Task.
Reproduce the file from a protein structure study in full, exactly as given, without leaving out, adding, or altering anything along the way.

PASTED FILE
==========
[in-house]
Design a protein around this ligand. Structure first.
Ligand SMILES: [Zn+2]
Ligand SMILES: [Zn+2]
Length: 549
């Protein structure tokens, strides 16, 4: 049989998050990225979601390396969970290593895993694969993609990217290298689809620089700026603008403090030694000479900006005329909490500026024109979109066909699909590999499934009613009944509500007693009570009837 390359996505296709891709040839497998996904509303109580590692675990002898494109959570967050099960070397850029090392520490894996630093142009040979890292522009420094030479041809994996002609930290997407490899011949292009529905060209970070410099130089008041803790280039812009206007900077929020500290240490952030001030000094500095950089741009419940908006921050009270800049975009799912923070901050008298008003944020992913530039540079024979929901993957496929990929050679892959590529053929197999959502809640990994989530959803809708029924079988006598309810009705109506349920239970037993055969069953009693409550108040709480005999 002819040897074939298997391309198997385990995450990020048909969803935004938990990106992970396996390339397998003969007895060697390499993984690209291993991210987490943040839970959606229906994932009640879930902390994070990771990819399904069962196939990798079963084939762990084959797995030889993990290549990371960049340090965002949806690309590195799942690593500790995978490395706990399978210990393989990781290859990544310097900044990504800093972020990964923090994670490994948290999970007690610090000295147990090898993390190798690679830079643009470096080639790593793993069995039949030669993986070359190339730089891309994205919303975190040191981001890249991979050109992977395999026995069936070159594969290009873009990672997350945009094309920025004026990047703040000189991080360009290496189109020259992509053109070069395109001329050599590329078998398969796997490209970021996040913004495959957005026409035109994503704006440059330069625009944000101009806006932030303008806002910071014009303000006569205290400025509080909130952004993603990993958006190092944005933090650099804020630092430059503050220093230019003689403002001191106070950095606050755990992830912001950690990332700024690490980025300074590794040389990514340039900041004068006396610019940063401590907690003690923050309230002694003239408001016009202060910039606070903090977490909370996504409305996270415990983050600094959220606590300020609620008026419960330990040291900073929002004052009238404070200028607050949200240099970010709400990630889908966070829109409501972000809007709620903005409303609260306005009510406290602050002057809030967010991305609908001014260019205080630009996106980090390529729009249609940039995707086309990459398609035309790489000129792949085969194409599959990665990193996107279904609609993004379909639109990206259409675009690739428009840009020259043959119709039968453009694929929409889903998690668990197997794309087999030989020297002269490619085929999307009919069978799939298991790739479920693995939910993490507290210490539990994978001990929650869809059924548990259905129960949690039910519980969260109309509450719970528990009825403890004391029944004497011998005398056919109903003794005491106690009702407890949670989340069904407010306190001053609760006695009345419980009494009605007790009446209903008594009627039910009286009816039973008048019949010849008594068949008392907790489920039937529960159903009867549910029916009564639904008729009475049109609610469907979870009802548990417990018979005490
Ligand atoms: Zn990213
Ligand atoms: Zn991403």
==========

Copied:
[in-house]
Design a protein around this ligand. Structure first.
Ligand SMILES: [Zn+2]
Ligand SMILES: [Zn+2]
Length: 549
């Protein structure tokens, strides 16, 4: 049989998050990225979601390396969970290593895993694969993609990217290298689809620089700026603008403090030694000479900006005329909490500026024109979109066909699909590999499934009613009944509500007693009570009837 390359996505296709891709040839497998996904509303109580590692675990002898494109959570967050099960070397850029090392520490894996630093142009040979890292522009420094030479041809994996002609930290997407490899011949292009529905060209970070410099130089008041803790280039812009206007900077929020500290240490952030001030000094500095950089741009419940908006921050009270800049975009799912923070901050008298008003944020992913530039540079024979929901993957496929990929050679892959590529053929197999959502809640990994989530959803809708029924079988006598309810009705109506349920239970037993055969069953009693409550108040709480005999 002819040897074939298997391309198997385990995450990020048909969803935004938990990106992970396996390339397998003969007895060697390499993984690209291993991210987490943040839970959606229906994932009640879930902390994070990771990819399904069962196939990798079963084939762990084959797995030889993990290549990371960049340090965002949806690309590195799942690593500790995978490395706990399978210990393989990781290859990544310097900044990504800093972020990964923090994670490994948290999970007690610090000295147990090898993390190798690679830079643009470096080639790593793993069995039949030669993986070359190339730089891309994205919303975190040191981001890249991979050109992977395999026995069936070159594969290009873009990672997350945009094309920025004026990047703040000189991080360009290496189109020259992509053109070069395109001329050599590329078998398969796997490209970021996040913004495959957005026409035109994503704006440059330069625009944000101009806006932030303008806002910071014009303000006569205290400025509080909130952004993603990993958006190092944005933090650099804020630092430059503050220093230019003689403002001191106070950095606050755990992830912001950690990332700024690490980025300074590794040389990514340039900041004068006396610019940063401590907690003690923050309230002694003239408001016009202060910039606070903090977490909370996504409305996270415990983050600094959220606590300020609620008026419960330990040291900073929002004052009238404070200028607050949200240099970010709400990630889908966070829109409501972000809007709620903005409303609260306005009510406290602050002057809030967010991305609908001014260019205080630009996106980090390529729009249609940039995707086309990459398609035309790489000129792949085969194409599959990665990193996107279904609609993004379909639109990206259409675009690739428009840009020259043959119709039968453009694929929409889903998690668990197997794309087999030989020297002269490619085929999307009919069978799939298991790739479920693995939910993490507290210490539990994978001990929650869809059924548990259905129960949690039910519980969260109309509450719970528990009825403890004391029944004497011998005398056919109903003794005491106690009702407890949670989340069904407010306190001053609760006695009345419980009494009605007790009446209903008594009627039910009286009816039973008048019949010849008594068949008392907790489920039937529960159903009867549910029916009564639904008729009475049109609610469907979870009802548990417990018979005490
Ligand atoms: Zn990213
Ligand atoms: Zn991403």